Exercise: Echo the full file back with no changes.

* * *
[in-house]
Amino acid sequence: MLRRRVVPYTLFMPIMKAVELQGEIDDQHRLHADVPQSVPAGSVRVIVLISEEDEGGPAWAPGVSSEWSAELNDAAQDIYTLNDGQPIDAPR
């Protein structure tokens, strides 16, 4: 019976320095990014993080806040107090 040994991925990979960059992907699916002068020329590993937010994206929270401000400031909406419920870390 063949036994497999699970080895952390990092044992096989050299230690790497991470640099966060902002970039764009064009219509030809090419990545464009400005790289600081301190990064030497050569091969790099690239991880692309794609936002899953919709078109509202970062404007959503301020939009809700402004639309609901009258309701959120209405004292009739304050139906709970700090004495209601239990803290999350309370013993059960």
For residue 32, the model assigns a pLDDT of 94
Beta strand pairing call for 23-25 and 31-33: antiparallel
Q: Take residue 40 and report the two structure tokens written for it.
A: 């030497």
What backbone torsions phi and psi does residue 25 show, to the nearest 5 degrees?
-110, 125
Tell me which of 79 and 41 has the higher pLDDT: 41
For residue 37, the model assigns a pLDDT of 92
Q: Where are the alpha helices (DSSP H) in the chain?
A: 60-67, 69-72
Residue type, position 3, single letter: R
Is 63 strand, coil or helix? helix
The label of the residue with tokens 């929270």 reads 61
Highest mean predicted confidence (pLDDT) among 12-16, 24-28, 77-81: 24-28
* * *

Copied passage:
[in-house]
Amino acid sequence: MLRRRVVPYTLFMPIMKAVELQGEIDDQHRLHADVPQSVPAGSVRVIVLISEEDEGGPAWAPGVSSEWSAELNDAAQDIYTLNDGQPIDAPR
């Protein structure tokens, strides 16, 4: 019976320095990014993080806040107090 040994991925990979960059992907699916002068020329590993937010994206929270401000400031909406419920870390 063949036994497999699970080895952390990092044992096989050299230690790497991470640099966060902002970039764009064009219509030809090419990545464009400005790289600081301190990064030497050569091969790099690239991880692309794609936002899953919709078109509202970062404007959503301020939009809700402004639309609901009258309701959120209405004292009739304050139906709970700090004495209601239990803290999350309370013993059960």
For residue 32, the model assigns a pLDDT of 94
Beta strand pairing call for 23-25 and 31-33: antiparallel
Q: Take residue 40 and report the two structure tokens written for it.
A: 């030497």
What backbone torsions phi and psi does residue 25 show, to the nearest 5 degrees?
-110, 125
Tell me which of 79 and 41 has the higher pLDDT: 41
For residue 37, the model assigns a pLDDT of 92
Q: Where are the alpha helices (DSSP H) in the chain?
A: 60-67, 69-72
Residue type, position 3, single letter: R
Is 63 strand, coil or helix? helix
The label of the residue with tokens 């929270």 reads 61
Highest mean predicted confidence (pLDDT) among 12-16, 24-28, 77-81: 24-28